These two groups together lNJ and TJ ./ make up the middle class junkies and are distinguished from the older ghetto-bred addicts ... by many factors other than background, family status, percentage of females, and race. They are also separated by therapeutic response, with the older addict being a more faithful patient and less likely... to get clean than his newer counterparts (Sheppard et al., 1972).

The Haight-Ashbury Free Medical Clinic study on which the above report was based uses January, 1964, as the approximate time when heroin use began to spread from non-white ghetto areas into segments of America's white, middle class community.

As Sheppard, Gay, and Smith stipulate in the article, the San Francisco area has proven to be a place where drug use trends begin some six to 18 months before they are evident in the rest of the country.

An Addicted Author: Heroin vs. Hallucinogens

When I speak of drug addiction I do not refer to keif, marijuana, or any preparation of hashish, mescaline, Bannisteria Caapi, LSD, Sacred Mushrooms or other drug of the hallucinogen group ... There is no evidence that the use of any hallucinogen results in physical dependence.

The action of these drugs is physiologically opposite to the action of junk. A lamentable confusion between t two classes of drugs has arisen owing to the zeal of the US and other narcotic departments ...

... All the hallucinogen drugs are considered sacred by those who use them--there are peyote cults and Bannisteria cults, hashish cults and mushroom cults-The Sacred Mushrooms of Mexico enable a man to see God--but no one ever suggested that Junk is sacred. There are no opium cults. opium is profane ...

Junk is the ideal product... the ultimate merchandise. No sales talk necessary. The client will crawl through a sewer and beg to buy... The junk merchant does not sell his product to the consumer, he sells the consumer to his product. He degrades and simplifies the client...

I awoke from The Sickness at the age of forty-five, calm and sane, and in reasonably good health except for a weakened liver and the look of borrowed flesh common to all who survive The Sickness...Most survivors do not remember the delirium in detail. I apparently took detailed notes on sickness and delirium. I have no precise memory of writing the notes which have now been published under the title Naked Lunch...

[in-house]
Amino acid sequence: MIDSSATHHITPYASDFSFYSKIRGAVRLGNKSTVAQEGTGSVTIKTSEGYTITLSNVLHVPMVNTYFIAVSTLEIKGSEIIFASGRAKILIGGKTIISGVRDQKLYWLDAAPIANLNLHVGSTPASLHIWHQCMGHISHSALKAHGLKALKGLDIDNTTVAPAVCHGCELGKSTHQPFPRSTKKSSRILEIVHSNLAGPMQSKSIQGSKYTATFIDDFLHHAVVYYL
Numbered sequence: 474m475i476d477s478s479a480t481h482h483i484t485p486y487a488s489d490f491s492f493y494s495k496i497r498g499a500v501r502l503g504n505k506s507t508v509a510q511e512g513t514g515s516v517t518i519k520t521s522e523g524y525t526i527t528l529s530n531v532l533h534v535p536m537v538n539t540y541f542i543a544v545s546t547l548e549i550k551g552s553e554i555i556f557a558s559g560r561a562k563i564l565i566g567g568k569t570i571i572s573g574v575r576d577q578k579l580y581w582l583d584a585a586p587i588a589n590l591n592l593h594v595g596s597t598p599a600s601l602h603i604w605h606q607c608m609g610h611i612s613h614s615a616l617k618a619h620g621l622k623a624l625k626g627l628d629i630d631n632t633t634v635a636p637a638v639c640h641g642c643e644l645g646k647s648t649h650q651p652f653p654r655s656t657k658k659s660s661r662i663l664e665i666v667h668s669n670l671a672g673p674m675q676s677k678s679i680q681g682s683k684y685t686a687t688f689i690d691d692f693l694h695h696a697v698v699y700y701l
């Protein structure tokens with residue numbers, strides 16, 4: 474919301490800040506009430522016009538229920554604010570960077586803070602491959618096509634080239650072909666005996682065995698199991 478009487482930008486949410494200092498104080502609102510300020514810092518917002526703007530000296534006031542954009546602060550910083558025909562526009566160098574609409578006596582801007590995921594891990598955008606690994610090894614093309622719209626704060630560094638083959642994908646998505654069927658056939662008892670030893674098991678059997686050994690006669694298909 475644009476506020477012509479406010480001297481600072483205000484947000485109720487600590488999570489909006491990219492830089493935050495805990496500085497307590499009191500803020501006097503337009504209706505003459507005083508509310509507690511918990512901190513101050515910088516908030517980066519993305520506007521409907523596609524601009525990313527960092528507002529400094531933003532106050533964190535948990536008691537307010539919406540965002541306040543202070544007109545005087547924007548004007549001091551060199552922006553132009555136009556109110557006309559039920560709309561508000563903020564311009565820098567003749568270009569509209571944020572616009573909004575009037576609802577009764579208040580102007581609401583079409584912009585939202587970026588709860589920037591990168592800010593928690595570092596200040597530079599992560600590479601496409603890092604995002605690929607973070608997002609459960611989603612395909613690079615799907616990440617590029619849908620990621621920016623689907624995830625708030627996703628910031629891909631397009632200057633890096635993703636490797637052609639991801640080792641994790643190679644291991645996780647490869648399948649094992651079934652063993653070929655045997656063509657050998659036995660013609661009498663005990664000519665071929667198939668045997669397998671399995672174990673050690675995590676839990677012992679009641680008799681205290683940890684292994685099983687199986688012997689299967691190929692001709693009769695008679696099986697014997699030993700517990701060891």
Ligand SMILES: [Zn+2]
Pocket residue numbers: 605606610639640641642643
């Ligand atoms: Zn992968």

... I lived in one room in the native quarter of Tangier. I had not taken a bath in a year nor changed my clothes or removed them except to stick a needle every day in the fibrous grey wooden flesh of terminal addiction. I never cleaned or dusted the room. Empty boxes and garbage piled to the ceiling.

Light and water long since turned off for nonpayment. I did absolutely nothing. I could look at the end of my shoe for eight hours. I was only roused to action when the hourglass of junk ran out...And suddenly my habit began to jump and jump. Forty, sixty grains a day. And still it was not enough. And I could not pay (Burroughs, 1960).

Federal Response To Heroin Use

By 1966 it was apparent that heroin use by whites was increasing. That same year, the federal government passed the Narcotic Addiction Rehabilitation Act, which provided treatment and rehabilitation for both convicted and volunteer heroin addicts.

The Act specified conditions for short-term, in-patient care in medical facilities, and for long-term, continued out-patient care in the community. The United States Surgeon General was mandated to assist states and municipalities in developing treatment programs and facilities for addicted narcotic users.

As defined in the law, treatment was to include 'confinement and treatment in an institution, and supervised after-care in the community... designed to protect the public and benefit the addict by correcting his anti-social tendencies and ending his dependence on addictive drugs and his susceptibility to addiction' (Levine, 1974).

In 1968 the Department of Justice's Bureau of Narcotics and Dangerous Drugs was created. The Bureau, charged with enforcing federal laws having the goal of suppressing illicit drug traffic, replaced the two agencies previously concerned with drug related activities: the Treasury's Federal Bureau of Narcotics and HEW's Bureau of Drug Abuse Control.